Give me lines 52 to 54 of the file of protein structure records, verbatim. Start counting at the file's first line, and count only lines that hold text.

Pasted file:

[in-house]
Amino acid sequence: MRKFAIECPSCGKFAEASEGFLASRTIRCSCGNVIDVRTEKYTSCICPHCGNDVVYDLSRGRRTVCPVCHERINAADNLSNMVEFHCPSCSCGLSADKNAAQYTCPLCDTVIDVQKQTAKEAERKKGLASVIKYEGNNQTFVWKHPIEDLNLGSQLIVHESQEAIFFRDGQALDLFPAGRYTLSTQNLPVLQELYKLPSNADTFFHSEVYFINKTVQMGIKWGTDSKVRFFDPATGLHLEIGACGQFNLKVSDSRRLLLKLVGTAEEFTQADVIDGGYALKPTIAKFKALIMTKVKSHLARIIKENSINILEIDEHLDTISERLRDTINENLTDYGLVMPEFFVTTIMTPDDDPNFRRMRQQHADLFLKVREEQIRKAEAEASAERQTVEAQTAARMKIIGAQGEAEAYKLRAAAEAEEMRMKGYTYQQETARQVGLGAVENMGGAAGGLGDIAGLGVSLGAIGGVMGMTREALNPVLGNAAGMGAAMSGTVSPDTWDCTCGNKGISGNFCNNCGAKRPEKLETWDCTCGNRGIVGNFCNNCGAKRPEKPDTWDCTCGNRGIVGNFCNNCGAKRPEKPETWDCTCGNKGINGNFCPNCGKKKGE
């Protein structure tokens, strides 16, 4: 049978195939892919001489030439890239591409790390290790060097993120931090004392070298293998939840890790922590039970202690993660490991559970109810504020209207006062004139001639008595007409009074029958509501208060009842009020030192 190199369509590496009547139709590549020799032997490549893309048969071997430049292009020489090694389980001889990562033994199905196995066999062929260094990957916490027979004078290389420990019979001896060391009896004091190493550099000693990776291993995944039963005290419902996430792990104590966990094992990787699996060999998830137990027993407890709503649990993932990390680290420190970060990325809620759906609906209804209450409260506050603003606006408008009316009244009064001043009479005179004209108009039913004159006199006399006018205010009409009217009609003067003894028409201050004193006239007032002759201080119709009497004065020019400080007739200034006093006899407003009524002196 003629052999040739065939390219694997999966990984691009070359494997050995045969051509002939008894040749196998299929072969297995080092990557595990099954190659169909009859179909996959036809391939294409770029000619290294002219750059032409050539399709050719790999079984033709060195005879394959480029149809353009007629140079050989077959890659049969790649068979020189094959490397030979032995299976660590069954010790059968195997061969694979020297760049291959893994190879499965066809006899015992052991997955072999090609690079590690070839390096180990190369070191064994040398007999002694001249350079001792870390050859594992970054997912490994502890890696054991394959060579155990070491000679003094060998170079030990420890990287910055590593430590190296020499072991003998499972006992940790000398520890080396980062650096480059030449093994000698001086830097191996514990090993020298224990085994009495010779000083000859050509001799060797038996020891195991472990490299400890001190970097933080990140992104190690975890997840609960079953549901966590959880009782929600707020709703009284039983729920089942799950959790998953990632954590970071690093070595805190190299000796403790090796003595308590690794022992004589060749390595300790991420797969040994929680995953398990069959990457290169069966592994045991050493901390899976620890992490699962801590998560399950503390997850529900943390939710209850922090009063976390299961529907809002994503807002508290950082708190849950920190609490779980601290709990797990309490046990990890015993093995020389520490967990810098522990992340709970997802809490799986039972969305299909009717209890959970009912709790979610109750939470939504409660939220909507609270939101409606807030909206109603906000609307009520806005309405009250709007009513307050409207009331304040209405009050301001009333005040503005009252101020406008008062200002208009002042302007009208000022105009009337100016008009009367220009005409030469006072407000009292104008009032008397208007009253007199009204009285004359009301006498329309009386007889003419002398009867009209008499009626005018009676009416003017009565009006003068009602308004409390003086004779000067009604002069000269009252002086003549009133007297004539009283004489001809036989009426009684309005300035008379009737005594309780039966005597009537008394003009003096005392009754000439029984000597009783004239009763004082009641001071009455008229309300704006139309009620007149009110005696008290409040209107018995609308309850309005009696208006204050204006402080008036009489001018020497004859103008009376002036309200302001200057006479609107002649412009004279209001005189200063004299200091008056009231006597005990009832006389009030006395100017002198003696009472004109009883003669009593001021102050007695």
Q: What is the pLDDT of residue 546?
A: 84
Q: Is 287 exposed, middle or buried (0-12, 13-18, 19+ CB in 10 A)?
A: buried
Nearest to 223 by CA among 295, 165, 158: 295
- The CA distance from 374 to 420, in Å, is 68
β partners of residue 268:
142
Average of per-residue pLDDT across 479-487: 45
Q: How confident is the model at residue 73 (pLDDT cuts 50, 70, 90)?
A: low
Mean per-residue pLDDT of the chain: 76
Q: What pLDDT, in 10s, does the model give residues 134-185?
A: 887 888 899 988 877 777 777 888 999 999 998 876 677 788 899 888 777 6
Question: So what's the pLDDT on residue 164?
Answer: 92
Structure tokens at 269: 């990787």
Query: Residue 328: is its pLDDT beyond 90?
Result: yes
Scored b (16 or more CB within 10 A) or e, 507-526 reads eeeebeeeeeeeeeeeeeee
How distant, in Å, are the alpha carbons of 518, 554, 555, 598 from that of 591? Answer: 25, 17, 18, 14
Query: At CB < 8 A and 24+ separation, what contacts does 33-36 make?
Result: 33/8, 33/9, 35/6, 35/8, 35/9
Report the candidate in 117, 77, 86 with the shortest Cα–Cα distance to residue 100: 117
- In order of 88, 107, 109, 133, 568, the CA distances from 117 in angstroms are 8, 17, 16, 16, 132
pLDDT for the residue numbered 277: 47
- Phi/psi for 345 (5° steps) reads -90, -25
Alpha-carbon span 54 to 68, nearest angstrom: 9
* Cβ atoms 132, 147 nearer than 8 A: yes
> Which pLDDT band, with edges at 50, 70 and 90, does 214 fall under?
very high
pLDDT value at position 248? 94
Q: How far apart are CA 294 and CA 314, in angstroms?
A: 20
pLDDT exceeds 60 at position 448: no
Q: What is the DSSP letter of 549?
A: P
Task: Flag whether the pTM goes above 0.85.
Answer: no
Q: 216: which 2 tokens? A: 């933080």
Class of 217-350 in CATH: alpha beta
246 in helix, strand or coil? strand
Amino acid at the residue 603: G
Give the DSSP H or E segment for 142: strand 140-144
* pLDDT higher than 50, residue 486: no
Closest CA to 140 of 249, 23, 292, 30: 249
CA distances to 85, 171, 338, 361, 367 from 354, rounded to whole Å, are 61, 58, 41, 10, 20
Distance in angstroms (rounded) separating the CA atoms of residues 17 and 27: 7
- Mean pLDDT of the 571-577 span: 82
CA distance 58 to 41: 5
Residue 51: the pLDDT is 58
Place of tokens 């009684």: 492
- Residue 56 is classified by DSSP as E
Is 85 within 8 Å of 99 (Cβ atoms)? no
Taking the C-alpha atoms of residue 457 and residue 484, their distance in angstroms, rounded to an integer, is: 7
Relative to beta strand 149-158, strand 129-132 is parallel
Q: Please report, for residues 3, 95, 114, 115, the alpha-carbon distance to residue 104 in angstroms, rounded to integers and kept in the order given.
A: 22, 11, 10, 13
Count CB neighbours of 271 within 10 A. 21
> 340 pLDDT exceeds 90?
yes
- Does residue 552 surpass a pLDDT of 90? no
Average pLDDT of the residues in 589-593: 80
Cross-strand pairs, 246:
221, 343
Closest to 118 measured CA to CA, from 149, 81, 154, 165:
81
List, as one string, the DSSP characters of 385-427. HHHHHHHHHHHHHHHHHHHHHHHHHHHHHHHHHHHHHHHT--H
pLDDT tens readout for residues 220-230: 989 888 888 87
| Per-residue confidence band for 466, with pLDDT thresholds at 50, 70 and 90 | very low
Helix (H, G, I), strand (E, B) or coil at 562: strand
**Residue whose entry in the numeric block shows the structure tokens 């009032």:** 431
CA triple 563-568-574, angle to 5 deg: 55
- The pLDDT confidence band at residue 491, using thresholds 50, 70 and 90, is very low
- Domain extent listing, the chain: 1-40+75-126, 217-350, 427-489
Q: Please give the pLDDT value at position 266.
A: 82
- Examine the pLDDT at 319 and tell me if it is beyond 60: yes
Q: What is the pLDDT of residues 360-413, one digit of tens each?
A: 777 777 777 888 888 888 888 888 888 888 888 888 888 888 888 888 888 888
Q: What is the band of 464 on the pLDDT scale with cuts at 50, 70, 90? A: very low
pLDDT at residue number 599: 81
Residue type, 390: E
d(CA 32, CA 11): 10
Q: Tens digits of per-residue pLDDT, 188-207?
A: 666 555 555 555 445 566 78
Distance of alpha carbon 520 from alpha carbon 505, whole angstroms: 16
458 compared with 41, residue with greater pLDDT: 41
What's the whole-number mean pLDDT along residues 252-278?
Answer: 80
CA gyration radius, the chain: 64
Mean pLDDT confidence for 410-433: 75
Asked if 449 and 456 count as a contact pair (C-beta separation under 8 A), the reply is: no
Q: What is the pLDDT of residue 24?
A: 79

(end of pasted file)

- Mean pLDDT of the 571-577 span: 82
CA distance 58 to 41: 5
Residue 51: the pLDDT is 58